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Stockholm weekend in my heart

Breathtaking views, good food and museums. This is Stockholm at its best, if My Josefsson and Joakim Roti get to decide. As 26-year-old motorhome lovers, they draw a certain amount of attention at campsites, but they have already been bitten by the camping bug. A motorhome offers a sort of freedom that is hard to beat.

The sun is shining on Saturday morning at Långholmens Husbilscamping despite the threatening grey clouds above Västerbro Bridge. My optimistically sets the breakfast table outside under the awning while Joakim fills the water tank in the motorhome.

“This is what I always look forward to – eating breakfast outside. It’s fantastic,” says My as they sit down and help themselves to coffee, juice, freshly baked bread, grapes and glazed doughnuts.

This motorhome campsite on Långholmen is beautifully framed by the district of Hornstull, swimming beaches and a wooden-boat harbour. Camping guests of different nationalities walk around in their slippers between the cars and service buildings. With a small café, a store and service areas, My and Joakim think that the campsite is perfectly equipped.

“This is perfect, well worth the money!” says My. They have visited family and friends in Stockholm many times, but this is the first time they have come in the motorhome – which means they will get to see the city from a brandnew perspective. “It’s time to really be a tourist,” smiles My.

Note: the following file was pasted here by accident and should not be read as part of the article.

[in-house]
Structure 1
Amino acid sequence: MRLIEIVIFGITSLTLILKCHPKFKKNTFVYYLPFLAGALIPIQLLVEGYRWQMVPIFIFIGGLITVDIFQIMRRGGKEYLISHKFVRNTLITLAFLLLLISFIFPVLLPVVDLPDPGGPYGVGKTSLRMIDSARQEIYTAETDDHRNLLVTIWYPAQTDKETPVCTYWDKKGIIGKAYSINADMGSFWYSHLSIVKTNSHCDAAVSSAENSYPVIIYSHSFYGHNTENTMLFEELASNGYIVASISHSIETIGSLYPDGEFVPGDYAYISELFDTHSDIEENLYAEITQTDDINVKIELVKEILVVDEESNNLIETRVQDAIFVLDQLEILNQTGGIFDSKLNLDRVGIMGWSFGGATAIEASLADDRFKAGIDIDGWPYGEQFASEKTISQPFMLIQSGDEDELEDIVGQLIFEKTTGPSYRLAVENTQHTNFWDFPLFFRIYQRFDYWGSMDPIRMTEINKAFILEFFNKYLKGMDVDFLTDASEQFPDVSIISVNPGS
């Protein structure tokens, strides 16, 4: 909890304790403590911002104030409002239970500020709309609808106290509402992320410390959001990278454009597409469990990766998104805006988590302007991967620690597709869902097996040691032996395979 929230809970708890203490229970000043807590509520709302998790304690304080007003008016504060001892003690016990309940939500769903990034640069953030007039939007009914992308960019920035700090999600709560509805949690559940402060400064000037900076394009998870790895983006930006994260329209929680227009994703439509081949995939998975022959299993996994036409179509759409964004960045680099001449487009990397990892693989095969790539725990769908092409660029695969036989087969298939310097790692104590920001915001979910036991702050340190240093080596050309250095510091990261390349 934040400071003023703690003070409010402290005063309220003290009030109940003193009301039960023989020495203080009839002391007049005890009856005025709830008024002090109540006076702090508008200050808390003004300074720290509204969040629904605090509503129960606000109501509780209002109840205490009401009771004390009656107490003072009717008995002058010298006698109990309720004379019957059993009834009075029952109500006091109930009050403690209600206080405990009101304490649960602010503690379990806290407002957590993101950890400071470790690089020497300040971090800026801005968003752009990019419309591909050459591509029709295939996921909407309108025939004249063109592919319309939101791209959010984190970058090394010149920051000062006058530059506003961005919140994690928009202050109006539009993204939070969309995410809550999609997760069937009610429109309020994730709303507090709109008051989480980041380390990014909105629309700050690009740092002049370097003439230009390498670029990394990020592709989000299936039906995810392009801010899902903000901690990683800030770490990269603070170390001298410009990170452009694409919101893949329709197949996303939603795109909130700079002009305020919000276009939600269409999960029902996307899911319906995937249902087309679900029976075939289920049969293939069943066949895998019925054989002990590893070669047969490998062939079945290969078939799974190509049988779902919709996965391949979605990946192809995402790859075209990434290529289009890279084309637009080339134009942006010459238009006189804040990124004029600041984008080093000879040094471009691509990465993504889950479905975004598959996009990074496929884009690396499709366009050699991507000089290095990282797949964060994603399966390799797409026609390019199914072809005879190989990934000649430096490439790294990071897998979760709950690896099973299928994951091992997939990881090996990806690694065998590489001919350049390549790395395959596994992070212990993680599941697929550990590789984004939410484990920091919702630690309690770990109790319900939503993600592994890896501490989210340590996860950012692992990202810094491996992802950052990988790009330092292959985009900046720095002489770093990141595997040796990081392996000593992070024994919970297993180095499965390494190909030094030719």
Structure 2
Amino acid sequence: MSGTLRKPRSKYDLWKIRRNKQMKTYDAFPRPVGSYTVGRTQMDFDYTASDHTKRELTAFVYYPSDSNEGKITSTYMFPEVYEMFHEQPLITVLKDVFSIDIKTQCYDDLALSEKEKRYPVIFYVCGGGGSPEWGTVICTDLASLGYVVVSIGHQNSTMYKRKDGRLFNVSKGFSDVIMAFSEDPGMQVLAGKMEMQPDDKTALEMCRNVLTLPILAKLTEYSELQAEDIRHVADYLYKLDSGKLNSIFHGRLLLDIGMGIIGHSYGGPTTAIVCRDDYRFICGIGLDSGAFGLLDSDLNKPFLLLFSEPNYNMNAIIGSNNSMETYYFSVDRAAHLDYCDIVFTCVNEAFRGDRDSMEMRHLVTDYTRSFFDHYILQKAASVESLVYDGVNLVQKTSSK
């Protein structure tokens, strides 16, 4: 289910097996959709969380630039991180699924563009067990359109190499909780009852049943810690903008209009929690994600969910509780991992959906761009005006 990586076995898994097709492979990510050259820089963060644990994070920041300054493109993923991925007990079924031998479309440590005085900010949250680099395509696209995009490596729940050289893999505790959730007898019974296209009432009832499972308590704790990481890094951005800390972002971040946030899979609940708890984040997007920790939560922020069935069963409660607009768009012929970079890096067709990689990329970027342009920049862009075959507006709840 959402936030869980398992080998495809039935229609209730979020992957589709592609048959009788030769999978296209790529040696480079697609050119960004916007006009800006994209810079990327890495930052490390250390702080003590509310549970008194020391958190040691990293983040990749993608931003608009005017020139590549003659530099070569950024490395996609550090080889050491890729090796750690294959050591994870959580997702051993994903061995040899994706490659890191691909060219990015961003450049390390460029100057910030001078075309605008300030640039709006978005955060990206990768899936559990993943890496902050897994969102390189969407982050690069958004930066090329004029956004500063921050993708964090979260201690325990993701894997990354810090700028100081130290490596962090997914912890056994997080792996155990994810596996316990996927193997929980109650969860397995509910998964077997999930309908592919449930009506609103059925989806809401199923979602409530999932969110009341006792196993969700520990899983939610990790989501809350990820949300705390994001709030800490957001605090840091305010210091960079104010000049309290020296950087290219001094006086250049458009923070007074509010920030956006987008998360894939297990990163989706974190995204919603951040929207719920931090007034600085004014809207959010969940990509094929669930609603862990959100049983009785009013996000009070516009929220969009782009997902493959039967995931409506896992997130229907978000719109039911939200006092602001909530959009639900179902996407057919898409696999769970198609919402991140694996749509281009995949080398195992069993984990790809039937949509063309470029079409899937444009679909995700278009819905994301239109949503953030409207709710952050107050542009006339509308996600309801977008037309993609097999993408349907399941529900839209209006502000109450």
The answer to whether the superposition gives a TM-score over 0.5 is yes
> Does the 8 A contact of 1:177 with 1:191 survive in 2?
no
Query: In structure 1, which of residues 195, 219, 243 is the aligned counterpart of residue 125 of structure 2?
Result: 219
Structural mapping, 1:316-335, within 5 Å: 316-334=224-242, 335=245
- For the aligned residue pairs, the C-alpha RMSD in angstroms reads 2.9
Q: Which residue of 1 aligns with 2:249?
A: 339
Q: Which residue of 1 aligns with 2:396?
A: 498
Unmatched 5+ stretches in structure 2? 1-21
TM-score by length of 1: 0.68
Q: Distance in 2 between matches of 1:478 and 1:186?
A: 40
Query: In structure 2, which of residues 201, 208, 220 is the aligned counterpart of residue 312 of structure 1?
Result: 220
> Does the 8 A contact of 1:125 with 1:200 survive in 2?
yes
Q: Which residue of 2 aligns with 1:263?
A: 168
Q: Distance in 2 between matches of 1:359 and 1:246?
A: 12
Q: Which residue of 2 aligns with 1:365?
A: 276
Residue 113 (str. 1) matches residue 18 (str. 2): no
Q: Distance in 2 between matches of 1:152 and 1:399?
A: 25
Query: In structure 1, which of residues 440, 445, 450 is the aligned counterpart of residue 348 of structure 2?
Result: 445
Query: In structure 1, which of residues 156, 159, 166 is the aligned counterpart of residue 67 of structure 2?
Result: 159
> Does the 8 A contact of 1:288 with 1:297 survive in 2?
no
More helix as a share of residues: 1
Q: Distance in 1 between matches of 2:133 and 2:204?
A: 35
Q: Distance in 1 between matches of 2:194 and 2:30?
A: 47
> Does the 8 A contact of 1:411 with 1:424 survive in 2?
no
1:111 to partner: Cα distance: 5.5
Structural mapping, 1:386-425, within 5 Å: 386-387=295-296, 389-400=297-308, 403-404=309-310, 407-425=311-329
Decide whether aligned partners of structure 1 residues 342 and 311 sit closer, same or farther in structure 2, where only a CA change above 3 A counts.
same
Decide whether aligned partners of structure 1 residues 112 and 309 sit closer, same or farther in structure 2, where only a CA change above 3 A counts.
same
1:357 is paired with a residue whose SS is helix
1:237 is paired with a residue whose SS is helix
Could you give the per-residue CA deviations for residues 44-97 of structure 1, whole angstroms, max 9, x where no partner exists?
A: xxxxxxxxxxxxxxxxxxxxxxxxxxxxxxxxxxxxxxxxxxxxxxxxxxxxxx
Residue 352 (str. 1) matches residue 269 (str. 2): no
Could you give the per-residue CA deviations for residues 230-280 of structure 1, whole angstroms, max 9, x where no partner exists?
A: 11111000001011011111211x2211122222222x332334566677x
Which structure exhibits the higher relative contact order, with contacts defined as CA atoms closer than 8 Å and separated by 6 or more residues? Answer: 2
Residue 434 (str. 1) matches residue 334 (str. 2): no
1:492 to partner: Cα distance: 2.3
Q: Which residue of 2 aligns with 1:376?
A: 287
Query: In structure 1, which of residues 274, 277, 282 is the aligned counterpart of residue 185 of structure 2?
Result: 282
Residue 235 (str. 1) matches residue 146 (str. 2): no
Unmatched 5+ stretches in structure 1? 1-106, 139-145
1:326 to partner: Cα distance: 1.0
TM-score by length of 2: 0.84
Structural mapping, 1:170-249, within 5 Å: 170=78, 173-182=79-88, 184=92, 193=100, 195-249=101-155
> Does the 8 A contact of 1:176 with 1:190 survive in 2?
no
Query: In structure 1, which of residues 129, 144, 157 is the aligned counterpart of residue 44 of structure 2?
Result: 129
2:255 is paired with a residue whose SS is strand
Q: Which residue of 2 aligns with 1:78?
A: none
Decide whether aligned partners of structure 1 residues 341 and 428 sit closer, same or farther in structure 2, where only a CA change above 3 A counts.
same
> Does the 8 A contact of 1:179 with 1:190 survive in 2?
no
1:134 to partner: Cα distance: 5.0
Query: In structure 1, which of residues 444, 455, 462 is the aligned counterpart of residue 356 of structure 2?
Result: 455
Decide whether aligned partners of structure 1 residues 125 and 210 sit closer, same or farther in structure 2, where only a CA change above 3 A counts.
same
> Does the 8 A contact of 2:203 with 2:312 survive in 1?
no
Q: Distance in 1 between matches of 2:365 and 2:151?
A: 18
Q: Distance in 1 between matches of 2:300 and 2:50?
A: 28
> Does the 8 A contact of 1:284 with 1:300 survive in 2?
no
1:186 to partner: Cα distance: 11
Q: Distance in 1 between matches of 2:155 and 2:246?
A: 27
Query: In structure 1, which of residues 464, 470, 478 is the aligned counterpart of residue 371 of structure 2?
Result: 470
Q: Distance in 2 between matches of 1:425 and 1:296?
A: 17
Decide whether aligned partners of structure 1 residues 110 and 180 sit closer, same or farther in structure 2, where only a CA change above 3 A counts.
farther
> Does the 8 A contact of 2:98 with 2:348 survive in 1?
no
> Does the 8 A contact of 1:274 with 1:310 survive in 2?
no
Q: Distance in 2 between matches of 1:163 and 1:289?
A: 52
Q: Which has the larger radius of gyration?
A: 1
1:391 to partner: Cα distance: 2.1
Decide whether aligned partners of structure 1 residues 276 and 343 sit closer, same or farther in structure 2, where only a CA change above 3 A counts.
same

“It was almost hard to plan what we were going to do, there’s so much to see here! We’ve narrowed it down to a few favourites and we’ll try to squeeze them all in.”

Långholmens Husbilscamping
The first stop for the day is Långholmen Prison Museum, which is close to the campsite. Here, visitors can see everything from guillotines to ladders made out of prison sheets by prisoners. “This prisoner was caught at Långholmen Bridge, it says here,” reads Joakim about the ladder. “Too bad, I was just thinking that after going to all that effort it would be nice if he’d got away,” sighs My.

Next on the schedule is a fantastic viewpoint, Monteliusgatan and Ivar Los Park high above Söder Mälarstrand. The city opens up there with a view of City Hall, the Old Town, Djurgården island and Gröna Lund amusement park to the north. A light drizzle has no effect on the couple’s enjoyment. “Look at the City Hall, it’s so beautiful. I’ve never seen it from this angle,” says My.
“Look there – Eclipse!” cries Joakim and spins his hand to indicate the ride at Gröna Lund that is not for the faint of heart. As their stomachs start to rumble, they head to TGIF in Kungsträdgården. The park is full of children testing different sports activities. “We always come to Kungsträdgården when we’re in Stockholm. This is my idea of what a city is, and there’s always something going on here,” says Joakim.